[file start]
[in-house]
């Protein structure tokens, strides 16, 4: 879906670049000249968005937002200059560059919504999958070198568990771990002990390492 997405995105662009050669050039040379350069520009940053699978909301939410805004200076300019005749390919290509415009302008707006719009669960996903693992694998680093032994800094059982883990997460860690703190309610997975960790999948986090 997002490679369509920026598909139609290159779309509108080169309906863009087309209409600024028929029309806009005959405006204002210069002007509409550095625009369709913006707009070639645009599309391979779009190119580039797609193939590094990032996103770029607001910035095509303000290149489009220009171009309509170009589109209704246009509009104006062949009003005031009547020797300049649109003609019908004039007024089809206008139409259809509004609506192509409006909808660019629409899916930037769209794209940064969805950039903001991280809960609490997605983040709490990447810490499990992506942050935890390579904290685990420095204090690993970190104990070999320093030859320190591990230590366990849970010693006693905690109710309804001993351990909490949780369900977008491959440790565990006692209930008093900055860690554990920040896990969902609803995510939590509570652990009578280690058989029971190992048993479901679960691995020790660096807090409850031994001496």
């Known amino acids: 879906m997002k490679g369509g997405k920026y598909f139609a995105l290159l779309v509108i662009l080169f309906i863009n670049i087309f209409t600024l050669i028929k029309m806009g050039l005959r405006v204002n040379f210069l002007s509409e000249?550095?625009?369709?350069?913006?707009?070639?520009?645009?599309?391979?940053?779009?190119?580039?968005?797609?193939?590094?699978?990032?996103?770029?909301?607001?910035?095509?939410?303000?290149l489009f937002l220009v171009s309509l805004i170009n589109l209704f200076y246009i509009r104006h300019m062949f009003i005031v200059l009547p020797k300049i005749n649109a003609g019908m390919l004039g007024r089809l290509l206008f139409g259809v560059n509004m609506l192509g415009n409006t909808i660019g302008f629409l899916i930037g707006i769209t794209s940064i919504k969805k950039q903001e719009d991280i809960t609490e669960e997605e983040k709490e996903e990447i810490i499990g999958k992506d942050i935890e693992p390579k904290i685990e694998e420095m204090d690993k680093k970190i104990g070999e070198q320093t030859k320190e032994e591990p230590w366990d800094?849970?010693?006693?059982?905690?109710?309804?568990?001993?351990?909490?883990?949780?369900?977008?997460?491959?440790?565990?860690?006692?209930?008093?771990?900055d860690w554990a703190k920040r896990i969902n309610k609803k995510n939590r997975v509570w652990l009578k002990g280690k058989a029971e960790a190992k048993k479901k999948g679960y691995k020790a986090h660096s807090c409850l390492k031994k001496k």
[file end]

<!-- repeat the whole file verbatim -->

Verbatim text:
[in-house]
């Protein structure tokens, strides 16, 4: 879906670049000249968005937002200059560059919504999958070198568990771990002990390492 997405995105662009050669050039040379350069520009940053699978909301939410805004200076300019005749390919290509415009302008707006719009669960996903693992694998680093032994800094059982883990997460860690703190309610997975960790999948986090 997002490679369509920026598909139609290159779309509108080169309906863009087309209409600024028929029309806009005959405006204002210069002007509409550095625009369709913006707009070639645009599309391979779009190119580039797609193939590094990032996103770029607001910035095509303000290149489009220009171009309509170009589109209704246009509009104006062949009003005031009547020797300049649109003609019908004039007024089809206008139409259809509004609506192509409006909808660019629409899916930037769209794209940064969805950039903001991280809960609490997605983040709490990447810490499990992506942050935890390579904290685990420095204090690993970190104990070999320093030859320190591990230590366990849970010693006693905690109710309804001993351990909490949780369900977008491959440790565990006692209930008093900055860690554990920040896990969902609803995510939590509570652990009578280690058989029971190992048993479901679960691995020790660096807090409850031994001496």
């Known amino acids: 879906m997002k490679g369509g997405k920026y598909f139609a995105l290159l779309v509108i662009l080169f309906i863009n670049i087309f209409t600024l050669i028929k029309m806009g050039l005959r405006v204002n040379f210069l002007s509409e000249?550095?625009?369709?350069?913006?707009?070639?520009?645009?599309?391979?940053?779009?190119?580039?968005?797609?193939?590094?699978?990032?996103?770029?909301?607001?910035?095509?939410?303000?290149l489009f937002l220009v171009s309509l805004i170009n589109l209704f200076y246009i509009r104006h300019m062949f009003i005031v200059l009547p020797k300049i005749n649109a003609g019908m390919l004039g007024r089809l290509l206008f139409g259809v560059n509004m609506l192509g415009n409006t909808i660019g302008f629409l899916i930037g707006i769209t794209s940064i919504k969805k950039q903001e719009d991280i809960t609490e669960e997605e983040k709490e996903e990447i810490i499990g999958k992506d942050i935890e693992p390579k904290i685990e694998e420095m204090d690993k680093k970190i104990g070999e070198q320093t030859k320190e032994e591990p230590w366990d800094?849970?010693?006693?059982?905690?109710?309804?568990?001993?351990?909490?883990?949780?369900?977008?997460?491959?440790?565990?860690?006692?209930?008093?771990?900055d860690w554990a703190k920040r896990i969902n309610k609803k995510n939590r997975v509570w652990l009578k002990g280690k058989a029971e960790a190992k048993k479901k999948g679960y691995k020790a986090h660096s807090c409850l390492k031994k001496k």